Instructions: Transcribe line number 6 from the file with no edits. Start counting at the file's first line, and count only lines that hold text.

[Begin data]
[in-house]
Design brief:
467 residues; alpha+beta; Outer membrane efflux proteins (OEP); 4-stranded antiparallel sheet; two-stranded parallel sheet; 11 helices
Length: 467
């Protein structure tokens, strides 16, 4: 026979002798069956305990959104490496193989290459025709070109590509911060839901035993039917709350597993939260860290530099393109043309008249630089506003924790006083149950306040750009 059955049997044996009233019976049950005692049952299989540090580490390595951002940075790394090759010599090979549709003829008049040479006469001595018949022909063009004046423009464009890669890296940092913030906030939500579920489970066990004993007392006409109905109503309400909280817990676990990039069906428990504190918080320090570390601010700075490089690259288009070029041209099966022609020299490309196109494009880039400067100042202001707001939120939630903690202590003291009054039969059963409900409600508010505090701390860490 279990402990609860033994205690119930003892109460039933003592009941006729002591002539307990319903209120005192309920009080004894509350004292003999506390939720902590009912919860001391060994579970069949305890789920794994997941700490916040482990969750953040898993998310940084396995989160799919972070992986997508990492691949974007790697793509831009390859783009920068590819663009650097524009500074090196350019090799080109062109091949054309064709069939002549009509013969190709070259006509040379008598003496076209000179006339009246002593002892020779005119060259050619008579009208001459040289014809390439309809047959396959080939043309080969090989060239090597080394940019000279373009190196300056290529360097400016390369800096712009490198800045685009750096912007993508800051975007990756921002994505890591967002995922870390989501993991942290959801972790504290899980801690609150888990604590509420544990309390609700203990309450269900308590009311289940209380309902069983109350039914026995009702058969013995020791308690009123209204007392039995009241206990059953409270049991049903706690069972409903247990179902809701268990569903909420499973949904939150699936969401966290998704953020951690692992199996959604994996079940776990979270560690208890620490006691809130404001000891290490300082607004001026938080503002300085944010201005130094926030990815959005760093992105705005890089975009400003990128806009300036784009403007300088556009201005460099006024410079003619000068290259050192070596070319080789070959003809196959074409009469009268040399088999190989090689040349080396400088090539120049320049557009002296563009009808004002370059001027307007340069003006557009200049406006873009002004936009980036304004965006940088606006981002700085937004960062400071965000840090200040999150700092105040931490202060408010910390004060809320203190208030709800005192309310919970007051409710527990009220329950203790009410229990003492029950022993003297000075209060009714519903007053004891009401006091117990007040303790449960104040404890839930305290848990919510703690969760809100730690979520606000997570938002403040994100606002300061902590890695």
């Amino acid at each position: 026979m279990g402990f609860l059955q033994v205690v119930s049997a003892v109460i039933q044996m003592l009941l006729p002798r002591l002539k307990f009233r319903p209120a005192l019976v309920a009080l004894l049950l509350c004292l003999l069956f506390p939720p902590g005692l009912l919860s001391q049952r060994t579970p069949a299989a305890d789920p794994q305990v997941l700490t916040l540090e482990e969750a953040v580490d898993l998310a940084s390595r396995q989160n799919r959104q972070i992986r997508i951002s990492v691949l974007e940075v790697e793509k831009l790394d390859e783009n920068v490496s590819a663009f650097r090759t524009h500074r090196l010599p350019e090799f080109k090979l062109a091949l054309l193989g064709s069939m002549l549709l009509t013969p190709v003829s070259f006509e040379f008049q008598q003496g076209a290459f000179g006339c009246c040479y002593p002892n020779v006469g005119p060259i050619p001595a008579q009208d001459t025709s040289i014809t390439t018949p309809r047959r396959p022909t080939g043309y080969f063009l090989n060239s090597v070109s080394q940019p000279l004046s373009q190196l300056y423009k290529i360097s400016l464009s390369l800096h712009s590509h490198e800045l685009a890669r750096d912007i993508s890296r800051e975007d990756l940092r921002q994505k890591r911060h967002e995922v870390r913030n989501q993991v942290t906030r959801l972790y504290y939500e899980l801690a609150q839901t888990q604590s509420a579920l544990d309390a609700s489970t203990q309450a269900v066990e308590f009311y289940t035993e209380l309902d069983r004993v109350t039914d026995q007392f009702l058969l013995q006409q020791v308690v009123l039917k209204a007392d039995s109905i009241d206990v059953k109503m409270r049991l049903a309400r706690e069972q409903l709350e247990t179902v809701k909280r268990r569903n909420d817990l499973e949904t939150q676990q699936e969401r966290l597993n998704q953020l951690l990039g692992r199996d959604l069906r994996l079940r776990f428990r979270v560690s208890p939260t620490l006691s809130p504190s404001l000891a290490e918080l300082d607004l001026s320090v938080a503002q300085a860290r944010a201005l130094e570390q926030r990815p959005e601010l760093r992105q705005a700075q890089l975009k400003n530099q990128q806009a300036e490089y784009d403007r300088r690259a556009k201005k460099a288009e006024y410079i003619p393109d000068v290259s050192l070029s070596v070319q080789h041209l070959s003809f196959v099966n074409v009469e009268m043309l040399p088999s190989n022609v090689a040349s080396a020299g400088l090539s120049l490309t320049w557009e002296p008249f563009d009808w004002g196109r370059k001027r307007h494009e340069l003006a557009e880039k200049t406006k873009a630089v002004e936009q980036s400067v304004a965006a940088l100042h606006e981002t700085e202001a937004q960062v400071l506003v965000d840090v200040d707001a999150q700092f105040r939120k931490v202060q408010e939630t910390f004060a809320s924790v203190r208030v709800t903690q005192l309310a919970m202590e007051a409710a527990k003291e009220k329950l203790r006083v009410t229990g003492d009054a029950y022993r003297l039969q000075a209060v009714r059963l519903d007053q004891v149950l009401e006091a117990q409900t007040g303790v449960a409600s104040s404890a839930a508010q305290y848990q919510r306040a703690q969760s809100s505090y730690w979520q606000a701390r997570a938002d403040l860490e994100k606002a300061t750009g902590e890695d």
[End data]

């Amino acid at each position: 026979m279990g402990f609860l059955q033994v205690v119930s049997a003892v109460i039933q044996m003592l009941l006729p002798r002591l002539k307990f009233r319903p209120a005192l019976v309920a009080l004894l049950l509350c004292l003999l069956f506390p939720p902590g005692l009912l919860s001391q049952r060994t579970p069949a299989a305890d789920p794994q305990v997941l700490t916040l540090e482990e969750a953040v580490d898993l998310a940084s390595r396995q989160n799919r959104q972070i992986r997508i951002s990492v691949l974007e940075v790697e793509k831009l790394d390859e783009n920068v490496s590819a663009f650097r090759t524009h500074r090196l010599p350019e090799f080109k090979l062109a091949l054309l193989g064709s069939m002549l549709l009509t013969p190709v003829s070259f006509e040379f008049q008598q003496g076209a290459f000179g006339c009246c040479y002593p002892n020779v006469g005119p060259i050619p001595a008579q009208d001459t025709s040289i014809t390439t018949p309809r047959r396959p022909t080939g043309y080969f063009l090989n060239s090597v070109s080394q940019p000279l004046s373009q190196l300056y423009k290529i360097s400016l464009s390369l800096h712009s590509h490198e800045l685009a890669r750096d912007i993508s890296r800051e975007d990756l940092r921002q994505k890591r911060h967002e995922v870390r913030n989501q993991v942290t906030r959801l972790y504290y939500e899980l801690a609150q839901t888990q604590s509420a579920l544990d309390a609700s489970t203990q309450a269900v066990e308590f009311y289940t035993e209380l309902d069983r004993v109350t039914d026995q007392f009702l058969l013995q006409q020791v308690v009123l039917k209204a007392d039995s109905i009241d206990v059953k109503m409270r049991l049903a309400r706690e069972q409903l709350e247990t179902v809701k909280r268990r569903n909420d817990l499973e949904t939150q676990q699936e969401r966290l597993n998704q953020l951690l990039g692992r199996d959604l069906r994996l079940r776990f428990r979270v560690s208890p939260t620490l006691s809130p504190s404001l000891a290490e918080l300082d607004l001026s320090v938080a503002q300085a860290r944010a201005l130094e570390q926030r990815p959005e601010l760093r992105q705005a700075q890089l975009k400003n530099q990128q806009a300036e490089y784009d403007r300088r690259a556009k201005k460099a288009e006024y410079i003619p393109d000068v290259s050192l070029s070596v070319q080789h041209l070959s003809f196959v099966n074409v009469e009268m043309l040399p088999s190989n022609v090689a040349s080396a020299g400088l090539s120049l490309t320049w557009e002296p008249f563009d009808w004002g196109r370059k001027r307007h494009e340069l003006a557009e880039k200049t406006k873009a630089v002004e936009q980036s400067v304004a965006a940088l100042h606006e981002t700085e202001a937004q960062v400071l506003v965000d840090v200040d707001a999150q700092f105040r939120k931490v202060q408010e939630t910390f004060a809320s924790v203190r208030v709800t903690q005192l309310a919970m202590e007051a409710a527990k003291e009220k329950l203790r006083v009410t229990g003492d009054a029950y022993r003297l039969q000075a209060v009714r059963l519903d007053q004891v149950l009401e006091a117990q409900t007040g303790v449960a409600s104040s404890a839930a508010q305290y848990q919510r306040a703690q969760s809100s505090y730690w979520q606000a701390r997570a938002d403040l860490e994100k606002a300061t750009g902590e890695d």